Day 37. I now have more than 50 FV neighbors. Hitting that magic number enabled me to expand my farm, now officially a “plantation,” into a “mighty plantation”—once I forked over 500,000 coins, of course (not an inconsequential number, even in FV). I’ve finally quit growing soybeans. It’s grapes for me—a vast vineyard that will produce some of the finest wine in FV. This period coincides with my drinking, in real life, lots of cabernet. Once I hit level 3 mastery of grapes, methinks I will move on to coffee. Ha ha ha.

Despite my 50+ neighbors, it’s been a little lonely on FV. I seem to be the only fanatic in my circle of farmers able to maintain an appreciation of the absurdity of the experience. That is, I’m the only one until a neighbor of a neighbor friends me, along with a couple of his neighbors, and we discover that we have compatible sensibilities. These folks are from the Netherlands, where, it seems, the citizenry doesn’t take every aspect of life so seriously. Here in America, if you create a cartoon capitalistic system and set a bunch of people loose, they take their fake wealth-building completely to heart.

Day 39. My Dutch friends and I post snarky comments under our FV postings. We are not openly ridiculing of our regular neighbors—that would be crass. But we do poke fun at some of the animals, such as the “Luv ewes,” pink sheep with heart-tipped antennae hammered into their skulls. Another target: the “wandering stallion” that appears periodically on our screens, with a message prompting us to find a home for him for the night. Should you agree to put up the stallion, there’s a surprise in store for you: The very next day one of your FV mares gives birth (oh so discreetly) to a foal.

“Even the mares get an occasional visitor,” Tom mock-complains. “What about us farmers?”

“There’s always the Saturday nite barn dance,” I reply, “but I hear the local girls have moustaches.”

Day 40. Tom is not content to play the official game. He messages me and several other neighbors behind the scenes to alert us that he will be posting a prize at a certain time. We are to be waiting so that we can be the first to click on it. That way, we can determine exactly how many clicks (i.e., bonuses) it yields. In the back and forth that follows, Tom reveals that he is descended from a long line of farmers, dating all the way back to the 16th century. He still lives in the family home and drinks out of teacups that are more than 100 years old. I tell him my grandparents were farmers in Texas in the early 20th century, growers of cotton and maize, but that the farming ended with their generation. I, too, have some teacups, but I don’t use them. If I ever have a real house, instead of a closet, I might expand and take them out. Until then, it’s a giant coffee mug for me, thank you very much. I also wonder, is this what our ancestors had in mind when they envisioned the future? Their descendants planting fake corn and staring at a computer screen from dawn to dusk? (But who would know, really, what time of day it is…)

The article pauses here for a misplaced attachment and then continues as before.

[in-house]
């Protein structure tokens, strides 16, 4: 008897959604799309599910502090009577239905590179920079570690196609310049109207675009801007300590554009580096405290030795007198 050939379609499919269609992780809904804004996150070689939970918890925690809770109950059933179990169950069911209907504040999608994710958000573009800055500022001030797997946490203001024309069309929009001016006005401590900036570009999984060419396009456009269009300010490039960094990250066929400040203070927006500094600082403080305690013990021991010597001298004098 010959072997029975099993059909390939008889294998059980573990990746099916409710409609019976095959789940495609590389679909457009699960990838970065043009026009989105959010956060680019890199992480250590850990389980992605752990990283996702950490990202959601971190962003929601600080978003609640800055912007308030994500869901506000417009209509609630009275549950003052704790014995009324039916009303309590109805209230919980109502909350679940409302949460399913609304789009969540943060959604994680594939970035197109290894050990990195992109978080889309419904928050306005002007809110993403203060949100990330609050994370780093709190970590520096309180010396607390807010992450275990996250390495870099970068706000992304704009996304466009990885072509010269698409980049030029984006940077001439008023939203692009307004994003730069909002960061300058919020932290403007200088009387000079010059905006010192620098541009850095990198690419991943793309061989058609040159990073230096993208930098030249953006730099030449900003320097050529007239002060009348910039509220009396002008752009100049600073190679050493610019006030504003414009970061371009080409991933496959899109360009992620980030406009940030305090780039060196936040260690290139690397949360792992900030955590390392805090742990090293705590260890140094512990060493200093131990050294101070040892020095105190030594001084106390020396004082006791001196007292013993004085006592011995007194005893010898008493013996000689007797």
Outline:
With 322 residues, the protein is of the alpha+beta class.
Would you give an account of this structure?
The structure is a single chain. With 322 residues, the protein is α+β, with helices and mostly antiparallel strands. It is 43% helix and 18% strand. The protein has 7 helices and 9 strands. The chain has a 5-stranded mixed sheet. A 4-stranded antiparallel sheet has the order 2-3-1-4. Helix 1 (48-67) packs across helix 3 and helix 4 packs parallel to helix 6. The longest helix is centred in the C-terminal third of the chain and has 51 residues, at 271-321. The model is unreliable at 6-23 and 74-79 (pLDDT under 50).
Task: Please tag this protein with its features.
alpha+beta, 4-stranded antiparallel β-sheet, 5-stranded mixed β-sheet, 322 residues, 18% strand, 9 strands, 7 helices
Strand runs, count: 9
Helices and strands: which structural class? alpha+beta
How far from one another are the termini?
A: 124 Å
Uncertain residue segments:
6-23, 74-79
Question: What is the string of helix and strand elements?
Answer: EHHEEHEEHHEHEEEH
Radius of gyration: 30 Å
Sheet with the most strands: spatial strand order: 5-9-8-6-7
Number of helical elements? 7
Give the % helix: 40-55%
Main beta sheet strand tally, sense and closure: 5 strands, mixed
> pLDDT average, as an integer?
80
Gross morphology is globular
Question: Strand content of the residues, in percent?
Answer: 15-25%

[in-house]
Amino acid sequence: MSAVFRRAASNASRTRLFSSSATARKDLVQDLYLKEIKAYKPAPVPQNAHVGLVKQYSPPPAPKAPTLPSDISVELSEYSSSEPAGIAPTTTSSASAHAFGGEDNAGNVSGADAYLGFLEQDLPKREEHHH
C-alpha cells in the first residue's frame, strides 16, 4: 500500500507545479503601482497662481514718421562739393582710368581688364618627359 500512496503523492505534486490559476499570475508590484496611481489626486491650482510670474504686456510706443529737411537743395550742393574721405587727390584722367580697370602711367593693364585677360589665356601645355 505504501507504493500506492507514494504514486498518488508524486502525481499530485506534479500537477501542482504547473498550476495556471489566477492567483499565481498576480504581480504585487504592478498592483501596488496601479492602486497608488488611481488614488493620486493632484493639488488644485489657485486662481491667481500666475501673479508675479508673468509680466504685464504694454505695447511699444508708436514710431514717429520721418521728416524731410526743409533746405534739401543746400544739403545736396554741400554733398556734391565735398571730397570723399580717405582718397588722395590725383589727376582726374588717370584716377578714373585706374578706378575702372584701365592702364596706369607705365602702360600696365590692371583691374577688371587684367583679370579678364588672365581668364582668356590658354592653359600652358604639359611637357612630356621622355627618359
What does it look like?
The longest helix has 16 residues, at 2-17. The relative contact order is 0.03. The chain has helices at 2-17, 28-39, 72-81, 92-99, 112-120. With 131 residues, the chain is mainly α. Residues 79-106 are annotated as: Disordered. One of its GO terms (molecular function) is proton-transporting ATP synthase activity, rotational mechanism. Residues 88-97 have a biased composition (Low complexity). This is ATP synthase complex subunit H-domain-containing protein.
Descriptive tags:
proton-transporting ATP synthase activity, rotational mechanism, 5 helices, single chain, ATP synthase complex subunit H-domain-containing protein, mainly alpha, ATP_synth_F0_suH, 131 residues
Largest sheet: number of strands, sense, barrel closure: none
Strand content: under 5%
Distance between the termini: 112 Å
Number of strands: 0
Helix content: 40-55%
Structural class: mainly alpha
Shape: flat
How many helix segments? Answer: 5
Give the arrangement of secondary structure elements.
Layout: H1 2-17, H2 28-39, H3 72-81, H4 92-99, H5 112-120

Day 40. The latest FV craze—of which there is a steady supply—is the French maison you can build for a mere 5,000 coins. It’s cheap because you have to collect all the necessary materials—10 aged bricks, 10 weathered boards, 10 clinging vines, and so on—from your neighbors. Until you gather all 50 items, only a skeleton of a building appears on your farm—the bare wood frame. Tom places a mystery gift beneath the frame on his farm, detonates the gift (remember the whirling stars?), and takes a picture using his FV camera. (Yes, there’s an app that allows you to take pictures of your farm.) Then he posts it on Facebook, with a caption that reads: “explosion at the construction site.” Lots of ha ha has and lols follow. Pretty clever, no?

Day 43. In honor of St. Patrick’s Day, which is fast approaching, all FV farmers are given a metal pot and invited to collect gold pieces to put in it. You get the gold pieces, of course, by asking your neighbors for them. Almost immediately, there is a gold rush—so many requests and receipts of gold bars, coins, bears, necklaces, and nuggets—that FV temporarily grinds to a halt, malfunctioning all over the place. The frenzy infects even me. I want my share of the shiny stuff. Although I am partial to the gold bars, I’ll take any form of the metal. I send out a mass mailing to my neighbors, requesting bullion. The gold trickles in and I place it in my pot, which begins to emit a weird glow. After I’ve collected two dozens bits of gold, I realize it’s a rainbow forming just above my pot, hovering like a UFO.

Oh, I get it.

Cute.

Day 44. It has taken a while, but I’ve stored away enough Farmville coins to buy a tractor, harvester, and seeder. My farm is now completely mechanized. No more clicking on each individual plot three times just to produce one crop. Now I can roll over four at a time. The only problem: Machines need fuel. I get a modest increment each time I log on to my farm, but now that I have a mighty plantation, that is nowhere near enough. I buy a big jug of fuel with my FV bucks, of which I don’t have many. This is going to be a challenge.

Day 45. The gold rush continues, and it is brutal. The system keeps track of how much gold each player collects, and when one player passes another player in the tally, an announcement appears on Facebook:

Debbie has collected 52 pieces of gold and just surpassed Dick.
Debbie currently ranks 13 out of 47 amongst their neighbors.

Along with this announcement are posted the photos of the surpasser (Debbie) and the surpassee (Dick), who, in this case looks to be a kid. Way to go, Debbie, crushing the dreams of an 8-year-old!